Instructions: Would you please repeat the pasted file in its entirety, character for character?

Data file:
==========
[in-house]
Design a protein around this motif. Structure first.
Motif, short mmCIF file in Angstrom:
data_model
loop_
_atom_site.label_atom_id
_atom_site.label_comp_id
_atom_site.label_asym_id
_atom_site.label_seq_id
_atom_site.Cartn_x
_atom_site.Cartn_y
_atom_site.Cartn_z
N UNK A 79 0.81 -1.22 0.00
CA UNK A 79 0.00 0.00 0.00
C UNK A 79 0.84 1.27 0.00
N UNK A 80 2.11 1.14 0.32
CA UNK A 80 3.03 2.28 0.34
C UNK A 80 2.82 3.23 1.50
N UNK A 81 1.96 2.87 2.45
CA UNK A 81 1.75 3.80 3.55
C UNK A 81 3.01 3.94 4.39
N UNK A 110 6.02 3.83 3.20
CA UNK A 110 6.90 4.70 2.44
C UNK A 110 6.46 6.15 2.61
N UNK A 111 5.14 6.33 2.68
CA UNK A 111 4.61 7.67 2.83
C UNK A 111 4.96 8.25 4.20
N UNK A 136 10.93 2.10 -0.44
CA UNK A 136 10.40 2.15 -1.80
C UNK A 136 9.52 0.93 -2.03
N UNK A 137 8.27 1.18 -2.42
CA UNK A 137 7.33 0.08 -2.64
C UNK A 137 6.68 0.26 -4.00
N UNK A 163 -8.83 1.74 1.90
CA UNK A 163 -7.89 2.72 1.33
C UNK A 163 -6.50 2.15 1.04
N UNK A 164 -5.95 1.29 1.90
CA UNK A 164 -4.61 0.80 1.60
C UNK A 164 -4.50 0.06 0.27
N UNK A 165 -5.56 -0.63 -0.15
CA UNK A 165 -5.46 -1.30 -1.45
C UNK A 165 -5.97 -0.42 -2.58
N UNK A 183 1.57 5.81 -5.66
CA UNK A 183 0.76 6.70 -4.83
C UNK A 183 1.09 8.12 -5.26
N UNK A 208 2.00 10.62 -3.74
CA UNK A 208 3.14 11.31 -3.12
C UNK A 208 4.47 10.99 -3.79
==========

[in-house]
Design a protein around this motif. Structure first.
Motif, short mmCIF file in Angstrom:
data_model
loop_
_atom_site.label_atom_id
_atom_site.label_comp_id
_atom_site.label_asym_id
_atom_site.label_seq_id
_atom_site.Cartn_x
_atom_site.Cartn_y
_atom_site.Cartn_z
N UNK A 79 0.81 -1.22 0.00
CA UNK A 79 0.00 0.00 0.00
C UNK A 79 0.84 1.27 0.00
N UNK A 80 2.11 1.14 0.32
CA UNK A 80 3.03 2.28 0.34
C UNK A 80 2.82 3.23 1.50
N UNK A 81 1.96 2.87 2.45
CA UNK A 81 1.75 3.80 3.55
C UNK A 81 3.01 3.94 4.39
N UNK A 110 6.02 3.83 3.20
CA UNK A 110 6.90 4.70 2.44
C UNK A 110 6.46 6.15 2.61
N UNK A 111 5.14 6.33 2.68
CA UNK A 111 4.61 7.67 2.83
C UNK A 111 4.96 8.25 4.20
N UNK A 136 10.93 2.10 -0.44
CA UNK A 136 10.40 2.15 -1.80
C UNK A 136 9.52 0.93 -2.03
N UNK A 137 8.27 1.18 -2.42
CA UNK A 137 7.33 0.08 -2.64
C UNK A 137 6.68 0.26 -4.00
N UNK A 163 -8.83 1.74 1.90
CA UNK A 163 -7.89 2.72 1.33
C UNK A 163 -6.50 2.15 1.04
N UNK A 164 -5.95 1.29 1.90
CA UNK A 164 -4.61 0.80 1.60
C UNK A 164 -4.50 0.06 0.27
N UNK A 165 -5.56 -0.63 -0.15
CA UNK A 165 -5.46 -1.30 -1.45
C UNK A 165 -5.97 -0.42 -2.58
N UNK A 183 1.57 5.81 -5.66
CA UNK A 183 0.76 6.70 -4.83
C UNK A 183 1.09 8.12 -5.26
N UNK A 208 2.00 10.62 -3.74
CA UNK A 208 3.14 11.31 -3.12
C UNK A 208 4.47 10.99 -3.79